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A Journal on Anesthesiology, Resuscitation, Analgesia and Intensive Care
Minerva Anestesiologica 2007 September;73(9):447-50
Intra-abdominal hypertension is not reliable as an early predictor of mortality in the intensive care unit
Lonardo M., Piazza O., De Marco G., De Robertis E., Servillo G., Tufano R.
Department of Surgical Sciences, Anesthesiology and Critical Care, University Federico II, Naples, Italy
Aim. The aim of this study was to assess the prevalence of intra-abdominal hypertension and its prognostic value in critical patients.
Methods. In an observational study, 56 patients of a multidisciplinary intensive care unit (ICU) of a university hospital, with either surgical (44.6%) or medical (55.4%) diagnoses, were studied. Intra-abdominal pressure was quantified daily by bladder pressure method from the first to the eighth day of hospitalization.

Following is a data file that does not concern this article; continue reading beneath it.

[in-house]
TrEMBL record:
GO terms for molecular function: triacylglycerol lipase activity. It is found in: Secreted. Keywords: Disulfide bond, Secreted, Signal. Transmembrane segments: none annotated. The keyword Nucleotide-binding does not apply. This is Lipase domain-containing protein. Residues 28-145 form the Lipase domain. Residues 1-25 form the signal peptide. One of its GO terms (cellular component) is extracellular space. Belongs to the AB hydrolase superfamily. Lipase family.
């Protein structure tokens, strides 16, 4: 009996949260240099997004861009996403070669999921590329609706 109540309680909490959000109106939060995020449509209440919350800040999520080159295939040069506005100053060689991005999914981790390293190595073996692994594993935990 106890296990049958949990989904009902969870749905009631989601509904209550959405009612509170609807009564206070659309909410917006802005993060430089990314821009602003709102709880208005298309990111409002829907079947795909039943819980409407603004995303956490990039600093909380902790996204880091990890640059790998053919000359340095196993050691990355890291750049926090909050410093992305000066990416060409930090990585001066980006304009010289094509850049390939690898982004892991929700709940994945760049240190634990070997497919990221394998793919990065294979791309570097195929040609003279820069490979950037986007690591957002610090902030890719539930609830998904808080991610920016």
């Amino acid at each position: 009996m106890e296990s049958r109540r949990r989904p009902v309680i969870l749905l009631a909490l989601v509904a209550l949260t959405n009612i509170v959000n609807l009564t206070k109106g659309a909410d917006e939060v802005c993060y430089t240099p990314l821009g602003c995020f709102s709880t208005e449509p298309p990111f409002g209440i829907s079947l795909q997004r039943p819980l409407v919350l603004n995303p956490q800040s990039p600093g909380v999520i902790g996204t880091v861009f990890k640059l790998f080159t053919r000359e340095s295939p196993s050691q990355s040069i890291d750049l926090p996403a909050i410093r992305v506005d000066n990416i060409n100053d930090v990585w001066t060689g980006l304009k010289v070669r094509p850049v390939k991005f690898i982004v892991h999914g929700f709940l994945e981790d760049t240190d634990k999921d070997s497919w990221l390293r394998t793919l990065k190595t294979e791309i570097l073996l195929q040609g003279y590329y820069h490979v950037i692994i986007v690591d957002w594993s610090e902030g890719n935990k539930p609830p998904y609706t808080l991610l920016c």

Results. The mean intra-abdominal pressure at admission was 9.97±5.26 mmHg; 41% of patients suffered moderate intra-abdominal hypertension (defined as intra-abdominal pressure greater than 11 mmHg) at admission. On day 1 mean intra-abdominal pressure was not significantly different between the patients who died and those who survived (9.69±5.06 mmHg vs 10.12±5.57 mmHg respectively), but by measuring IAP until day 8 it was possible to distinguish a subgroup of patients who showed a persistently elevated intra-abdominal pressure, developed further complications, later died (12.5±4.37 mmHg vs 7.17±2.02 mmHg, P=0.022).
Conclusion. Intra-abdominal pressure does not have prognostic value at ICU admission, but may predict bad outcomes later during the ICU stay. Intra-abdominal hypertension is a frequent and rarely recognized event in the ICU which can be monitored by the bladder pressure method throughout the period of hospitalization.